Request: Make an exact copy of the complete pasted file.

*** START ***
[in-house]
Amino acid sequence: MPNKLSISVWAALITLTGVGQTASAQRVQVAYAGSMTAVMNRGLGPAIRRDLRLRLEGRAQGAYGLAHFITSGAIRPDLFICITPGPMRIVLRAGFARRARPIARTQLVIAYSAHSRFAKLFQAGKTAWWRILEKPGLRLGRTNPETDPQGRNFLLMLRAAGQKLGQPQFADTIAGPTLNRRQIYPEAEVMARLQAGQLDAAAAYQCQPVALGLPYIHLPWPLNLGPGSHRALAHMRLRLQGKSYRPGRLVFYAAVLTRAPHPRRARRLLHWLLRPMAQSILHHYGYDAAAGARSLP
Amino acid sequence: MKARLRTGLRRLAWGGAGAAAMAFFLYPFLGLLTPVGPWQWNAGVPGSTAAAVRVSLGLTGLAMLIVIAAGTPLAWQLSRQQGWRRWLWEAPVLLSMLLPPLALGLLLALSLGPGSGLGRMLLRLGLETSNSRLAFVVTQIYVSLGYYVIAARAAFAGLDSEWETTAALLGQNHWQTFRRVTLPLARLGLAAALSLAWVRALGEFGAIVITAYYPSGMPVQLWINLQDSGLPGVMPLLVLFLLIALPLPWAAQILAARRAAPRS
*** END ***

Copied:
[in-house]
Amino acid sequence: MPNKLSISVWAALITLTGVGQTASAQRVQVAYAGSMTAVMNRGLGPAIRRDLRLRLEGRAQGAYGLAHFITSGAIRPDLFICITPGPMRIVLRAGFARRARPIARTQLVIAYSAHSRFAKLFQAGKTAWWRILEKPGLRLGRTNPETDPQGRNFLLMLRAAGQKLGQPQFADTIAGPTLNRRQIYPEAEVMARLQAGQLDAAAAYQCQPVALGLPYIHLPWPLNLGPGSHRALAHMRLRLQGKSYRPGRLVFYAAVLTRAPHPRRARRLLHWLLRPMAQSILHHYGYDAAAGARSLP
Amino acid sequence: MKARLRTGLRRLAWGGAGAAAMAFFLYPFLGLLTPVGPWQWNAGVPGSTAAAVRVSLGLTGLAMLIVIAAGTPLAWQLSRQQGWRRWLWEAPVLLSMLLPPLALGLLLALSLGPGSGLGRMLLRLGLETSNSRLAFVVTQIYVSLGYYVIAARAAFAGLDSEWETTAALLGQNHWQTFRRVTLPLARLGLAAALSLAWVRALGEFGAIVITAYYPSGMPVQLWINLQDSGLPGVMPLLVLFLLIALPLPWAAQILAARRAAPRS